The GAC’s advice in relation to the URS consists of the following elements:
· The complaint should be simplified by replacing the 5000 word free text limit + unlimited attachments with a simple pro forma standardised wording with the opportunity for not more than 500 words of freeform text and limit the attachments to copies of the offending website.
The idea of providing a standardised wording is not a good one, especially when it comes to disputes concerning two conflicting rights. Disputes vary both in nature and content and, despite the fact that the URS is meant to be used for those clear-cut cases of abuse, this recommendation is based on the arbitrary assumption that all types of disputes will inherently be the same. A standardised format will be detrimental in the delivery of justice. We need to bear in mind that a URS examination (in a similar manner to the UDRP) is based solely based on the documents submitted by the parties and panels make their determinations based on the content of these very submissions. How will a panel be allowed to make conclusive determinations if a standardised format is only permitted? I appreciate that the URS is meant to be used for those types of activities that on their face they appear egregious, but for the panel to determine the harmful activity parties should be permitted to produce their contentions, which will not be able to do if a standardised form is adopted.
· Decisions should be taken by a suitably qualified ‘Examiner’ and not require panel appointments.
Have we not learned anything from the UDRP and the potential bias that this recommendation will invite? If one thing is clear after ten years of UDRP adjudication is that the way panels are assigned to decide individual cases is highly problematic and that there is not a mechanism to hold panels accountable for the decisions they reach. When the same panellists are used, the possibility for bias becomes rife (http://www.dncrunch.com/?p=3199). But, at least the UDRP still operates on the basis that panels are assigned from a pool of panellists. Now, the GAC wants to make this rule redundant and suggests that a suitably qualified ‘Examiner’ will be deciding the case. This recommendation will make someone very rich and will allow the trademark community to ‘play’ and abuse the notion of adjudicators’ impartiality and independence.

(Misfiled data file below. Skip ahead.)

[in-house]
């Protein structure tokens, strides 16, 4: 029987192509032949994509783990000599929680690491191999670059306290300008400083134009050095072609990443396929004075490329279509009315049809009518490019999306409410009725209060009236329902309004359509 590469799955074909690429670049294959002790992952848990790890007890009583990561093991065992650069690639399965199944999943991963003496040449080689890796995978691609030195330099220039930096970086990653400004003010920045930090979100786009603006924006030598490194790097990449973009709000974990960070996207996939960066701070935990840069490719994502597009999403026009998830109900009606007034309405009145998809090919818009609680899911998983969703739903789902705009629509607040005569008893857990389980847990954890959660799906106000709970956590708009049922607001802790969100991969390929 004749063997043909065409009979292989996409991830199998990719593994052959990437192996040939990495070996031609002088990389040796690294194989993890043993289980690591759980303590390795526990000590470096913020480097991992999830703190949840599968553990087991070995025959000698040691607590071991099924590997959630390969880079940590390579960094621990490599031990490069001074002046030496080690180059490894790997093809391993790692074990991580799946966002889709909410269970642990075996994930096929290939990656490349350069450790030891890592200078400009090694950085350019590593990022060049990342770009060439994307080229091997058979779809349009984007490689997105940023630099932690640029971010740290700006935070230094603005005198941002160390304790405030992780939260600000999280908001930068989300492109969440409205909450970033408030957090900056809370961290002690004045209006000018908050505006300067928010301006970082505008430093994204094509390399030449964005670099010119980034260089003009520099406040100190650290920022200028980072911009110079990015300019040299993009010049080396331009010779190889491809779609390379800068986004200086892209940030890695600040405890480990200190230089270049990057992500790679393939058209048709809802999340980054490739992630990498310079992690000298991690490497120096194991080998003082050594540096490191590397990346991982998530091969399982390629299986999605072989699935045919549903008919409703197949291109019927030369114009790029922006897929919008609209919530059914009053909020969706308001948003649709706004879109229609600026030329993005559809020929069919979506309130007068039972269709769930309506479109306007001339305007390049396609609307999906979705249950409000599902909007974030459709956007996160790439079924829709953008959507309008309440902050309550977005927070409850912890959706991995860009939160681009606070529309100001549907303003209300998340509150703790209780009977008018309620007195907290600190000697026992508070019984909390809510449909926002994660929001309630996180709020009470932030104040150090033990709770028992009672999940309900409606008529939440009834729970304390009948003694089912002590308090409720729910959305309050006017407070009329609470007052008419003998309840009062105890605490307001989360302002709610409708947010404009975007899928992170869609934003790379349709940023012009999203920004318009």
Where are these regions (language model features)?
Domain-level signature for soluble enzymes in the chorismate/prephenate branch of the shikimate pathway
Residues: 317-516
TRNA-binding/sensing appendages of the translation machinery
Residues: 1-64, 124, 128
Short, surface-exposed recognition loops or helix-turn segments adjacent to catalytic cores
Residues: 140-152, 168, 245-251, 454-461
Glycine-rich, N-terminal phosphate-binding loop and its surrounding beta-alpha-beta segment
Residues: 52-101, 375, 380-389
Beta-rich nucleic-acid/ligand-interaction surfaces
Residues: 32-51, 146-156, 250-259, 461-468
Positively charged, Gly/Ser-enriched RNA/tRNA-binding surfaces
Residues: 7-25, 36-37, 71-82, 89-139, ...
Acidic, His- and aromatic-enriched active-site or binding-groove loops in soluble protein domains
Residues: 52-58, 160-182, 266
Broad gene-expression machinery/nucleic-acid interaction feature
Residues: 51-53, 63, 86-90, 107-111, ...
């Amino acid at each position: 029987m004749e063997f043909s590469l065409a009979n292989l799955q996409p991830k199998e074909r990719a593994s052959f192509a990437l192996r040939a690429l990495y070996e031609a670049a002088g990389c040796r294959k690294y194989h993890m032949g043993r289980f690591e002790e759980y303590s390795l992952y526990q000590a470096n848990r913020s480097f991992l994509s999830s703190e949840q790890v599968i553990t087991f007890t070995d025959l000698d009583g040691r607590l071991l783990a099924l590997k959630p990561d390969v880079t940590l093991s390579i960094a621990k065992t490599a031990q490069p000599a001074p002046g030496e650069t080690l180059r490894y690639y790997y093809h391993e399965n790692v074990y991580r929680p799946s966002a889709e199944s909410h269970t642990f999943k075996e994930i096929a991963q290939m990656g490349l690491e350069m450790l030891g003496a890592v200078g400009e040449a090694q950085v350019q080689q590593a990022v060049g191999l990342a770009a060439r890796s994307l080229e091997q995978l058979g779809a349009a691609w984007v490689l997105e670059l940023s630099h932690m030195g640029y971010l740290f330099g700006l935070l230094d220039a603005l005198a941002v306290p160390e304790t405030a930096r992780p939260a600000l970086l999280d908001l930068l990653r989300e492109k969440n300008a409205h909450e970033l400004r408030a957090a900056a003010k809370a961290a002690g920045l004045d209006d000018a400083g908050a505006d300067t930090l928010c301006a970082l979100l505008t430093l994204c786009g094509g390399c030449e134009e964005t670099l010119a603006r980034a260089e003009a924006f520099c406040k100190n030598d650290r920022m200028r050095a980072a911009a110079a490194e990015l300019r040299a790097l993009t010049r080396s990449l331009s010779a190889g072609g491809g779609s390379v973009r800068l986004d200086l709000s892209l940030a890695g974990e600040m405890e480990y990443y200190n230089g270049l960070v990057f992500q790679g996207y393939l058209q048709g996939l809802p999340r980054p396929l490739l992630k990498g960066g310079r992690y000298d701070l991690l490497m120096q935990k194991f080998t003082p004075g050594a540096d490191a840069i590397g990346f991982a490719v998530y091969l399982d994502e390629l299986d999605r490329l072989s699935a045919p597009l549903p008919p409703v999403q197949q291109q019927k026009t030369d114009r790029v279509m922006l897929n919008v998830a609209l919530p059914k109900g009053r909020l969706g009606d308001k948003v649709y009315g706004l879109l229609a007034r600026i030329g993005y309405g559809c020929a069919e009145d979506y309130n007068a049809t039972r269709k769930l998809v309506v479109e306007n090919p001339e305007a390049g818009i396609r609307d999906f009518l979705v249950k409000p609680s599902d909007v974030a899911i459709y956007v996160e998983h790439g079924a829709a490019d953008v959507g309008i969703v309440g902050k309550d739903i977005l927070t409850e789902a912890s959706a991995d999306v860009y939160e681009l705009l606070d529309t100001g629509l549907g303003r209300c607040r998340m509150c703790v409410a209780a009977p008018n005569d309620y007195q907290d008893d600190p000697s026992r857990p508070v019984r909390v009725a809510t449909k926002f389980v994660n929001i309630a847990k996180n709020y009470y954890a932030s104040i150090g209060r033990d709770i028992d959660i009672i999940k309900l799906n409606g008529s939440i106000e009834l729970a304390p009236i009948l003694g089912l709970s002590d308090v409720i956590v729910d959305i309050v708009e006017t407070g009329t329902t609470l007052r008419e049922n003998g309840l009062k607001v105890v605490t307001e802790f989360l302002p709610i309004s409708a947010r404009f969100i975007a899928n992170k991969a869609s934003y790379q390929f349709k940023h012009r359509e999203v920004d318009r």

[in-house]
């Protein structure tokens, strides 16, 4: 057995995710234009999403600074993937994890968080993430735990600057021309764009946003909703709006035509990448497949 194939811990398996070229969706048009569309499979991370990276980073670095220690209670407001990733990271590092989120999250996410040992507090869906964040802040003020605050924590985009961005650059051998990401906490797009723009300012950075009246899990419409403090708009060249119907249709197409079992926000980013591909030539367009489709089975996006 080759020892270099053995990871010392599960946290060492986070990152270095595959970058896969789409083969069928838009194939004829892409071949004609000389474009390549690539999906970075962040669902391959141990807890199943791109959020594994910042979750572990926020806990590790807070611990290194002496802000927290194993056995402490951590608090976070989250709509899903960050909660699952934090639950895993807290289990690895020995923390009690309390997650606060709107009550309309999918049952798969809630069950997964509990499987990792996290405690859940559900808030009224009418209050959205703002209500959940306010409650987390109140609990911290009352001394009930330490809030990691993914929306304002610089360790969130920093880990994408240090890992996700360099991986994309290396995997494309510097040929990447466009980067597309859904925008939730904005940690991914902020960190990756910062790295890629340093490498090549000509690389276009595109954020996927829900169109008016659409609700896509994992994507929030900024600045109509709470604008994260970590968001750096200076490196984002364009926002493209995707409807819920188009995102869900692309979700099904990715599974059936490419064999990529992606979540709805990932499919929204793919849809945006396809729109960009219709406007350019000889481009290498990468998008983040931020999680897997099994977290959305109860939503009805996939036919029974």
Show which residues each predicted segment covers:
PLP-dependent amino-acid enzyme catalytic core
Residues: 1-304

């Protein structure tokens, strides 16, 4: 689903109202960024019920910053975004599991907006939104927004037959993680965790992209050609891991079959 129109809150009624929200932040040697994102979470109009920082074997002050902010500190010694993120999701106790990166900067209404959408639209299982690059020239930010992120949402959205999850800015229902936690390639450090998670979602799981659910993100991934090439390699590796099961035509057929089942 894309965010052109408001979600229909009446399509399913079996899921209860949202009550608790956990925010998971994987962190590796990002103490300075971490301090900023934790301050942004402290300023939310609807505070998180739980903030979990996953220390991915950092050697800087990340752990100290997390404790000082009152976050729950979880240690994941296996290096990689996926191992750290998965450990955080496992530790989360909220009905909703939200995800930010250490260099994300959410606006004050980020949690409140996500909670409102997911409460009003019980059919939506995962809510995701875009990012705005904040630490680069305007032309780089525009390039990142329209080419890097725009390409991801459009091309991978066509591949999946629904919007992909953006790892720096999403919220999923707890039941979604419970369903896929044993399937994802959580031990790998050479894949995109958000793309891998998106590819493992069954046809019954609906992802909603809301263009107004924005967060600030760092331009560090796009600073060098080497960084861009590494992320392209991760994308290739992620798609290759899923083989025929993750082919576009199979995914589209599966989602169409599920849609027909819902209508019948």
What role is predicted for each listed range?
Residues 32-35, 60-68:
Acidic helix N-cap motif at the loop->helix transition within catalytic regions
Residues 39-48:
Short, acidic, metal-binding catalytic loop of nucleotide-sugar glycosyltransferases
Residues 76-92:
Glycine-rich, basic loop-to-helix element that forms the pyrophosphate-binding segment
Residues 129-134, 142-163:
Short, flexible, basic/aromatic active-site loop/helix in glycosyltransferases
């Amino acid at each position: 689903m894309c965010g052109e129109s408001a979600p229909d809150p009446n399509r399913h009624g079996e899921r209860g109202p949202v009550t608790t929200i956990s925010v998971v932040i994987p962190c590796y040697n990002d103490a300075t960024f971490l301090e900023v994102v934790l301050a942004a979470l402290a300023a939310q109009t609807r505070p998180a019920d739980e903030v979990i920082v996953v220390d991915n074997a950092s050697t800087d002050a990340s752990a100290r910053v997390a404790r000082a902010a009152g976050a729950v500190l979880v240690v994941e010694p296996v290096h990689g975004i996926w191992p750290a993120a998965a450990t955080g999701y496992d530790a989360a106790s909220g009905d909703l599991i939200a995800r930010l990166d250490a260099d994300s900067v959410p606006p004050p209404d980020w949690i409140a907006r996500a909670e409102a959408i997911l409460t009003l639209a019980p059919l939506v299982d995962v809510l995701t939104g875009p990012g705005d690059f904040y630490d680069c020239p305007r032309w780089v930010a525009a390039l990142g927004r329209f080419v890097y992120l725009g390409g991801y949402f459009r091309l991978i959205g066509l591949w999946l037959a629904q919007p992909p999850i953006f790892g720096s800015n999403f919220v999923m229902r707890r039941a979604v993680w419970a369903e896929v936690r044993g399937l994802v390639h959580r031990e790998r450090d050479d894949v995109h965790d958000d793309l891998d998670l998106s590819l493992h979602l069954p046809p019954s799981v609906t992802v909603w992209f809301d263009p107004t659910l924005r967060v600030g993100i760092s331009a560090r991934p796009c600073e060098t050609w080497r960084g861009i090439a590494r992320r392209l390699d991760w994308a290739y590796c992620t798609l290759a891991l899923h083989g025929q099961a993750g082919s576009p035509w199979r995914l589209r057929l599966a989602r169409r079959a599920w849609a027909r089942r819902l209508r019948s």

· Where the complaint is based upon a valid registration, the requirement that the jurisdiction of registration incorporate substantive examination should be removed
This recommendation is reasonable to the extent that all trademark registrations, despite whether the jurisdiction granting them provides substantial review or not, can be subject to a URS process. This can prove to be disadvantageous for mark owners, whose jurisdiction requires a more substantive review, but at the same time respects the individuality of every trademark registration system. As long as mark owners that fail to get their trademarks in their own jurisdiction do not seek to play the system by attempting to register them in less-demanding jurisdictions, then this recommendation does not add much.